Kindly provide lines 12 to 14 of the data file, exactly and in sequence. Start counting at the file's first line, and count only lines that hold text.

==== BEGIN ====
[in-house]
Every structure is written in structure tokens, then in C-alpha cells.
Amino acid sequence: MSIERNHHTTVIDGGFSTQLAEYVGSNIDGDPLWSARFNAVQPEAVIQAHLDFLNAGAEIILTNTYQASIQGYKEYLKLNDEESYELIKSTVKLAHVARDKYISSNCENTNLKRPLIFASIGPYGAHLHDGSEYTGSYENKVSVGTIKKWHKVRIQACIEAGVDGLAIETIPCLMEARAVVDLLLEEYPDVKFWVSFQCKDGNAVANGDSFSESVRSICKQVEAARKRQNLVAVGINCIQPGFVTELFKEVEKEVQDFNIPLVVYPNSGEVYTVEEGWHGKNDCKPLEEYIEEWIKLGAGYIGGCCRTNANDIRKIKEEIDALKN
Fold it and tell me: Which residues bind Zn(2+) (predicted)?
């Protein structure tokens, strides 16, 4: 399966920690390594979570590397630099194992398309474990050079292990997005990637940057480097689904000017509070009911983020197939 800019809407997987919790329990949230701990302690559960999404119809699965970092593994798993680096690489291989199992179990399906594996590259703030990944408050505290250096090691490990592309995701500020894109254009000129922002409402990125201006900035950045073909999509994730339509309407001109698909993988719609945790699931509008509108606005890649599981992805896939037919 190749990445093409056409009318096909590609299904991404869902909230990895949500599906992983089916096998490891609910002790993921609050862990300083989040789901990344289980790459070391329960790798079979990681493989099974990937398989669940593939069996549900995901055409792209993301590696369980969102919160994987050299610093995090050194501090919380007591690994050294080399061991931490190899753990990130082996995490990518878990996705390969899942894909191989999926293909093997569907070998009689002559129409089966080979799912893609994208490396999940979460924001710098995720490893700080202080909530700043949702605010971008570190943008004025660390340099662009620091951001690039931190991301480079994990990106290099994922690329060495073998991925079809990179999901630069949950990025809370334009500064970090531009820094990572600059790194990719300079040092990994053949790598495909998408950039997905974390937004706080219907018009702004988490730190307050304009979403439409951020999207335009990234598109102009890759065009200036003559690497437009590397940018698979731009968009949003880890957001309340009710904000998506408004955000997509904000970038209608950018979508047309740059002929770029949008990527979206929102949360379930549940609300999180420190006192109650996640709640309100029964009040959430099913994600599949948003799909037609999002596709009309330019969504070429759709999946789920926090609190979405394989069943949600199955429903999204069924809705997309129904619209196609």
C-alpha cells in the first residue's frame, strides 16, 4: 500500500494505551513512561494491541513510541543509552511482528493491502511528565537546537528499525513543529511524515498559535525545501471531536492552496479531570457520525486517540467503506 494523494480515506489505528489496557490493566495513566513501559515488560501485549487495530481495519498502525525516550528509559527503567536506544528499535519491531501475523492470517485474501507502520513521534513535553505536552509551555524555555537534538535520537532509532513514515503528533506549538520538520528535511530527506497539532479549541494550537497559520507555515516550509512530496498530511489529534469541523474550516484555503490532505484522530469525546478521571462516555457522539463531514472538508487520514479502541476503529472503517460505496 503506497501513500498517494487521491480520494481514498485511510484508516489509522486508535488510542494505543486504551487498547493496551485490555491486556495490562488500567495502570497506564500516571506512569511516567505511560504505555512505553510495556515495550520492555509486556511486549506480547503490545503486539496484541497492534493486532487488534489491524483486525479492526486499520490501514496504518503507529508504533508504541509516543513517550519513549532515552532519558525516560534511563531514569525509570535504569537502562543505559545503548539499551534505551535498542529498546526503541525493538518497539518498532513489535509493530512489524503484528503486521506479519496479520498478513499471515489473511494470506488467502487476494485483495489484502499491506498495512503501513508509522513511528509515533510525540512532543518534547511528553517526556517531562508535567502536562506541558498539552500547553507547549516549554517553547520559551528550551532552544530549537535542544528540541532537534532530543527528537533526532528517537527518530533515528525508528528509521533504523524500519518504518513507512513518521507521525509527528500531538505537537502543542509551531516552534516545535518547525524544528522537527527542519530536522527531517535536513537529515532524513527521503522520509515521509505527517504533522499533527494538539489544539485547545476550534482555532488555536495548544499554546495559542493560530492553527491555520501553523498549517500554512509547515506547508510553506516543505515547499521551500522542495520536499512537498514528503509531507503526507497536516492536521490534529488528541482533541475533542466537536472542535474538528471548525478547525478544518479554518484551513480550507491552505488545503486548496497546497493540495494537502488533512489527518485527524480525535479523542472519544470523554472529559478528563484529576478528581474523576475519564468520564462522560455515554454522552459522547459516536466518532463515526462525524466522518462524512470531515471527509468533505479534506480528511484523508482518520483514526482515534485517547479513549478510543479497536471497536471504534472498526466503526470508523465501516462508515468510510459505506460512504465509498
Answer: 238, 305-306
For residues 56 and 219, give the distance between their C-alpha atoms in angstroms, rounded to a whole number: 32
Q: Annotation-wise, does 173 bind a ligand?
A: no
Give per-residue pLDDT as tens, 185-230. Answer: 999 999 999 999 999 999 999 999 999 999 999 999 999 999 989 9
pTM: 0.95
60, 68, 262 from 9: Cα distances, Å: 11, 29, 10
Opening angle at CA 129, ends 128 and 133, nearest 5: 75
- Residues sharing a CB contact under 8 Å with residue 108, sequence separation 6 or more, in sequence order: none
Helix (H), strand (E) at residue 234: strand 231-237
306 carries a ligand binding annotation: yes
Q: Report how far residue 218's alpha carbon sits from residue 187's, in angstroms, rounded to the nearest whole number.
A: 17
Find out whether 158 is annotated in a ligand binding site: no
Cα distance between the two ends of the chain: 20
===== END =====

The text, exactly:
pTM: 0.95
60, 68, 262 from 9: Cα distances, Å: 11, 29, 10
Opening angle at CA 129, ends 128 and 133, nearest 5: 75